Admittedly one easily admits to a touch of moonglow within the ol' noggin when contemplating discussing the upcoming summer films while the frost is on the windowsills. But hey . . . when one considers the price of a ticket these days, maybe getting some discussion going will inspire some of you to beat the rush to the bank to arrange for an entertainment loan.
(Besides, the talking drums tell me Netflix is raising its rates. I believe the technical term for this is cutting off one's nose to spite one's face.)
So there's definitely a speck on the hillside, a dot on the road, and we'll all just pause to take a peek and see what's going to hit us. And I'm going to take a slight break from my usual method of film-by-film dissection and try to adopt a more conversational and relaxed tone. Not being particularly experimental, you understand, but I'm writing this while hoping the sinus headache fades and, whereas I'm of a mind to be conversational, I don't feel too overly analytical. Bear with me, pumpkins.
(On the plus side, however, I finally managed to see Karl Hartl's 1933 film "F.P.1 Antwortet Nicht" after decades of patient searching. If I can only figure out how to cheerfully discuss a now-obscure black-and-white German language science-fiction film without having you people throw rocks at me I'll put it down on my list of future items for this column.)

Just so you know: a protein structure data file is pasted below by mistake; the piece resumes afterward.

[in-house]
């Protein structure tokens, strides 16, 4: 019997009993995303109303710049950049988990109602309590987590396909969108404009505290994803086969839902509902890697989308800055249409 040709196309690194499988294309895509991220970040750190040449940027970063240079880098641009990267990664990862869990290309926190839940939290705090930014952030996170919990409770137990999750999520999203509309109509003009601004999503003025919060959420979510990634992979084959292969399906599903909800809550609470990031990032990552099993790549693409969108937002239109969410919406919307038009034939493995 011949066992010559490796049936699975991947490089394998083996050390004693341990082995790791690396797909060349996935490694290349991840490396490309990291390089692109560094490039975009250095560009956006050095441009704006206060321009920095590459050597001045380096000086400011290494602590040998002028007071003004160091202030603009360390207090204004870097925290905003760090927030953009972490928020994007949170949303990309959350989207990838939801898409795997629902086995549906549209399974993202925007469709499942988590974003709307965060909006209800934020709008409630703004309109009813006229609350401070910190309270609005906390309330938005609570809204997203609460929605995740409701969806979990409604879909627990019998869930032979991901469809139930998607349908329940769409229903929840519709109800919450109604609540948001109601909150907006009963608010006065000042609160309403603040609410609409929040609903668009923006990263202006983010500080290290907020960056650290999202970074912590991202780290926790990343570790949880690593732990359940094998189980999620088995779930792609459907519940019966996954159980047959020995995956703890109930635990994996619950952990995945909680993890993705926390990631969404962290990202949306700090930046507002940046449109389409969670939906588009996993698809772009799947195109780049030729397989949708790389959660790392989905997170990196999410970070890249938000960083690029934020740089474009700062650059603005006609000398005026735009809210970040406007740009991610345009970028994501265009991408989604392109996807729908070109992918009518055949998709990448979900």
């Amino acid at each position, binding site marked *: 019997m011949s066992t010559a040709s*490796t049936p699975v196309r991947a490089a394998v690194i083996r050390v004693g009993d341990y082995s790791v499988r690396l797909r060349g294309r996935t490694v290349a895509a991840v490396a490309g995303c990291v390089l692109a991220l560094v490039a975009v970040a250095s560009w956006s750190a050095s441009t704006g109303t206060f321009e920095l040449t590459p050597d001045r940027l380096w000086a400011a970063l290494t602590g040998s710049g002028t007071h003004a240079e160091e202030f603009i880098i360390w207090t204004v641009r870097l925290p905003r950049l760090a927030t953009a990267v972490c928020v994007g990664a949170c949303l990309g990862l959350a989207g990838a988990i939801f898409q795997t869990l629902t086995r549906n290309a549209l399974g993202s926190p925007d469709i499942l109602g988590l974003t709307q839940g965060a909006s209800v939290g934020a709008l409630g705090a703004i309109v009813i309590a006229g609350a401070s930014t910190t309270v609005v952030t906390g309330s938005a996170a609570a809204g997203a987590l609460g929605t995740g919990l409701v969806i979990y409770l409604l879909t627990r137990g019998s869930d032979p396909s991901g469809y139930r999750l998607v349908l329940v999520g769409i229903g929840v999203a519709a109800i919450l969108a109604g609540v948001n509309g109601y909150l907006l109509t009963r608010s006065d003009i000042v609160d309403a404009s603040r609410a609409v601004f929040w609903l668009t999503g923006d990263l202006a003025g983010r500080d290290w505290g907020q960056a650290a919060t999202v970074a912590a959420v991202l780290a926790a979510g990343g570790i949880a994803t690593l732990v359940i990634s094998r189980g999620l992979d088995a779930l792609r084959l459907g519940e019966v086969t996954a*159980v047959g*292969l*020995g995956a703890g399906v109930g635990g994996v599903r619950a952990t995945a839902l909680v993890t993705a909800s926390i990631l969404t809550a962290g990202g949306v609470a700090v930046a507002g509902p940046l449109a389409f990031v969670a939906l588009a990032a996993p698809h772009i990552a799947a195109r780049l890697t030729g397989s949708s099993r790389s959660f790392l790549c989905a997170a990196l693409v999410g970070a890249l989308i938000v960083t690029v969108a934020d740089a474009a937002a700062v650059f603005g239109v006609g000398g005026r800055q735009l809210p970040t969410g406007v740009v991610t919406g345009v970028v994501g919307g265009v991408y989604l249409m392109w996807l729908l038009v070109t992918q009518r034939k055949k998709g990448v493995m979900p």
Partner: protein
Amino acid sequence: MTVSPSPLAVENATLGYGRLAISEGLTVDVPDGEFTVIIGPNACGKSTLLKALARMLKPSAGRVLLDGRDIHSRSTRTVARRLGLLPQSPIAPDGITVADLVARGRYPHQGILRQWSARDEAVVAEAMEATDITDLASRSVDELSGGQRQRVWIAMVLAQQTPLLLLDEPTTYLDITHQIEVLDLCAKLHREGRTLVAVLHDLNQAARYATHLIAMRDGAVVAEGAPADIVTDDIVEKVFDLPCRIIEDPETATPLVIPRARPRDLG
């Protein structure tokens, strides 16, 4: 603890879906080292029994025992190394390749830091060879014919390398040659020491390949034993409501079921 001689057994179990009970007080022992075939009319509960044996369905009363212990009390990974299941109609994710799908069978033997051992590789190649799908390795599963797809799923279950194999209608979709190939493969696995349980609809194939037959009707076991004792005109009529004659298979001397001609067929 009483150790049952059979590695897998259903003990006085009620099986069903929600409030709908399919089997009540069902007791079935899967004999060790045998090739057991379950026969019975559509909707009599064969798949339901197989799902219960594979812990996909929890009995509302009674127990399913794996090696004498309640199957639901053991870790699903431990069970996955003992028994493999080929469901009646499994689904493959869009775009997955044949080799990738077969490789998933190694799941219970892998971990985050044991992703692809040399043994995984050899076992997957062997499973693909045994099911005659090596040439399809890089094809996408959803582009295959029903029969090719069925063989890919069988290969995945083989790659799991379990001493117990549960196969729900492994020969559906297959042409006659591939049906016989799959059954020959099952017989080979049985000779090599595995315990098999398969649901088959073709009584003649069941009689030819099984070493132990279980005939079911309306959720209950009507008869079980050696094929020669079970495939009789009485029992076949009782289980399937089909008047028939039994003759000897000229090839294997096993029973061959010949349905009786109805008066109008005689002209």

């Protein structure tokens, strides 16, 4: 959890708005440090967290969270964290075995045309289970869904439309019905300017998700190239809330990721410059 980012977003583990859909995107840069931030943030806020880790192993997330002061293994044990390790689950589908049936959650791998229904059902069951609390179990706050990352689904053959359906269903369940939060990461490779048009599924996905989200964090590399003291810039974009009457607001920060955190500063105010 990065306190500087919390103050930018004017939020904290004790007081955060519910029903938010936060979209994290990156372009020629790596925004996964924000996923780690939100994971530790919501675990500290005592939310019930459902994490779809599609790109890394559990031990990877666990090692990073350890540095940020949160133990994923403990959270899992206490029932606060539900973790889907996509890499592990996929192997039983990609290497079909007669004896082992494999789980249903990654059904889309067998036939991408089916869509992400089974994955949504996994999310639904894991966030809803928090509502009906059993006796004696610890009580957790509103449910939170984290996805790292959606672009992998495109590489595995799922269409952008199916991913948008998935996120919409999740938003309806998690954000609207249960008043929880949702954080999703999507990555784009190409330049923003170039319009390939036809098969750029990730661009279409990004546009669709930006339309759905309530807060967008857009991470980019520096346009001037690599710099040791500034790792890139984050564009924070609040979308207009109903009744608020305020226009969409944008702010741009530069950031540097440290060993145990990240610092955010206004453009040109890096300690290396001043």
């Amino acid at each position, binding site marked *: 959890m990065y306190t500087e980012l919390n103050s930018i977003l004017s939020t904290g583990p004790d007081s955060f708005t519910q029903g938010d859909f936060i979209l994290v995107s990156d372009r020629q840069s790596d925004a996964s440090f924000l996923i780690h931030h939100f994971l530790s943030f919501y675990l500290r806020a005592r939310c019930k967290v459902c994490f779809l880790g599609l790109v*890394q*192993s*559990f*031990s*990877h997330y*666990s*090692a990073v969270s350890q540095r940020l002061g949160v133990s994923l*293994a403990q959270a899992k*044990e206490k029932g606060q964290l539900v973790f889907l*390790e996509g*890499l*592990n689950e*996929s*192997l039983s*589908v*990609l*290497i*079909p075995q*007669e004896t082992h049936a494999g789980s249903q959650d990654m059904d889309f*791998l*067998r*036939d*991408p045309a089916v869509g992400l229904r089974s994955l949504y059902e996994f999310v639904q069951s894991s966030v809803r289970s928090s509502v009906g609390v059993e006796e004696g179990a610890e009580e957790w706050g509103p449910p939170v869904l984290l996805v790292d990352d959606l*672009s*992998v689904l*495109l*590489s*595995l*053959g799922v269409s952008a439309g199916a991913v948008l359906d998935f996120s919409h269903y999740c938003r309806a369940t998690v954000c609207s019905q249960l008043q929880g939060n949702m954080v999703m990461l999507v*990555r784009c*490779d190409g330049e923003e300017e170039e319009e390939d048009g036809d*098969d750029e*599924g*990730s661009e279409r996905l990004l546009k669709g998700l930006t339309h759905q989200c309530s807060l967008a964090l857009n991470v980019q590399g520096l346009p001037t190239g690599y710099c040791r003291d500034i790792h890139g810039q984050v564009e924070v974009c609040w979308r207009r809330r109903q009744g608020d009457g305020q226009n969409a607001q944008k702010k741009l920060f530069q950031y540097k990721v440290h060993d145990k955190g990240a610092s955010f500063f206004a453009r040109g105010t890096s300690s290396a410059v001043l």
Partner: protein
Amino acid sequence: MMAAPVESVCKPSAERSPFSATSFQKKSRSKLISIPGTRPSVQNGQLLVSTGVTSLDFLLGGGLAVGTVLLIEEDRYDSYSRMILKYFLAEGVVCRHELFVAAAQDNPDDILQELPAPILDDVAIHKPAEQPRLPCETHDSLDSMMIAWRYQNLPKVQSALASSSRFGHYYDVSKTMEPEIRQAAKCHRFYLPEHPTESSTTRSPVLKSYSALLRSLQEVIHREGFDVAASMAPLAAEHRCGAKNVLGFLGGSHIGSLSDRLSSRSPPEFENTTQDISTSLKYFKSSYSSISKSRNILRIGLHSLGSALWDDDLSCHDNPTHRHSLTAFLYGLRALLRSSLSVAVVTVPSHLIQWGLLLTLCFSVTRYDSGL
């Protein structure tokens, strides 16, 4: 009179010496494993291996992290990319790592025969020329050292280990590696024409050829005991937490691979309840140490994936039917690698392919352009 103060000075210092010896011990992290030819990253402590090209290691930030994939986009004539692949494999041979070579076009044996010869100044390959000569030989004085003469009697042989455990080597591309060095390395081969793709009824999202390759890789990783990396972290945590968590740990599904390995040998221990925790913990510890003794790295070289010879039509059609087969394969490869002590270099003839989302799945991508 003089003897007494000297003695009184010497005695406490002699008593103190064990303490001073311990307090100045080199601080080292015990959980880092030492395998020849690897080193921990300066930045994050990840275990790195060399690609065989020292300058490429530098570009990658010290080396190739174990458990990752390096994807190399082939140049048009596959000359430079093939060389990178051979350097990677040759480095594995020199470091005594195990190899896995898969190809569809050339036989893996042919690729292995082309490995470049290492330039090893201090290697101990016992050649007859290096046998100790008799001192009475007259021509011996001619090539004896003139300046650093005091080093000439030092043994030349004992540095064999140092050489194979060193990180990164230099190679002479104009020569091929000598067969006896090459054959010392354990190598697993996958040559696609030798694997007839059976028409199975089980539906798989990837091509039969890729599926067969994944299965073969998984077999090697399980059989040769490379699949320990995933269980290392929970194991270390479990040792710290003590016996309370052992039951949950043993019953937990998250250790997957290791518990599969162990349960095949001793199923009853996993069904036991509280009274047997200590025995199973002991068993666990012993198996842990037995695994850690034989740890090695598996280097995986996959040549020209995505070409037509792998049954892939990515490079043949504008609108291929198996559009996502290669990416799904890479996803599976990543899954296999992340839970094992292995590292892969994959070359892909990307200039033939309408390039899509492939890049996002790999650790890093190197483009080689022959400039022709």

Anyway . . .
As usual the summer is cheek-to-jowl with cutesy Pixarish animated features (e.g. "Monsters University", "Despicable Me 2", "Turbo", "Smurfs 2", "Planes" ad-frickin' infinitum ad-razzerfrazzert nauseam!). And this is why I shouldn't write these things while my head is pounding, boogie chillun. My mellow is about mashed anyway, and news like this doesn't help. Once again I take the cat-o-nine tails to the dead Percheron and cry where . . . o where is the cutting edge animated features with the sophisticated storylines? Marjane Satrapi, Christian Volckman, Nina Paley, Adam Elliot . . . c'mon, guys, where are you? Or maybe it's just the local attitude and, when it comes to full-length animated features, the word is out that if it can't be Happy Mealed then it's not worth promoting.
(I swear, come the Revolution . . .)
Zack Snyder's "Man of Steel" naturally tickles my interest (although I'll be much more interested in seeing how it does among the Superman film fan base, most of whom still need to be weaned away from the Cult of Reeve*), but I find myself much more interested in Louis Leterrier's upcoming "Now You See Me". On the surface this looks like a stylish upgrade of Robert Mandel's "F/X", only with stage magicians instead of special-effects people. Beyond the surface (which is Uncle Mikeyspeak for "Morgan Freeman's in the cast") this looks to be a complicated thriller which might be worth some popcorn. Besides, I've been wanting to see more of Mark Ruffalo in action, and this looks like the place.
(*Yeah, and I'm going to spike the lynch mob right now. Indisputable Point Number One: I am not totally exonerating Bryan Singer for "Superman Returns". Indisputable Point Number Two: I fully liked Christopher Reeve and believed him to be a fine actor. But now we arrive at the Possibly Disputable Point: the fact that any live-action Superman movie is hamstrung by the fans who get all dewy-eyed by memories of Reeve. To which I say I'm heartily sorry but let's face the fact that the man is dead and perhaps it's time to move on.)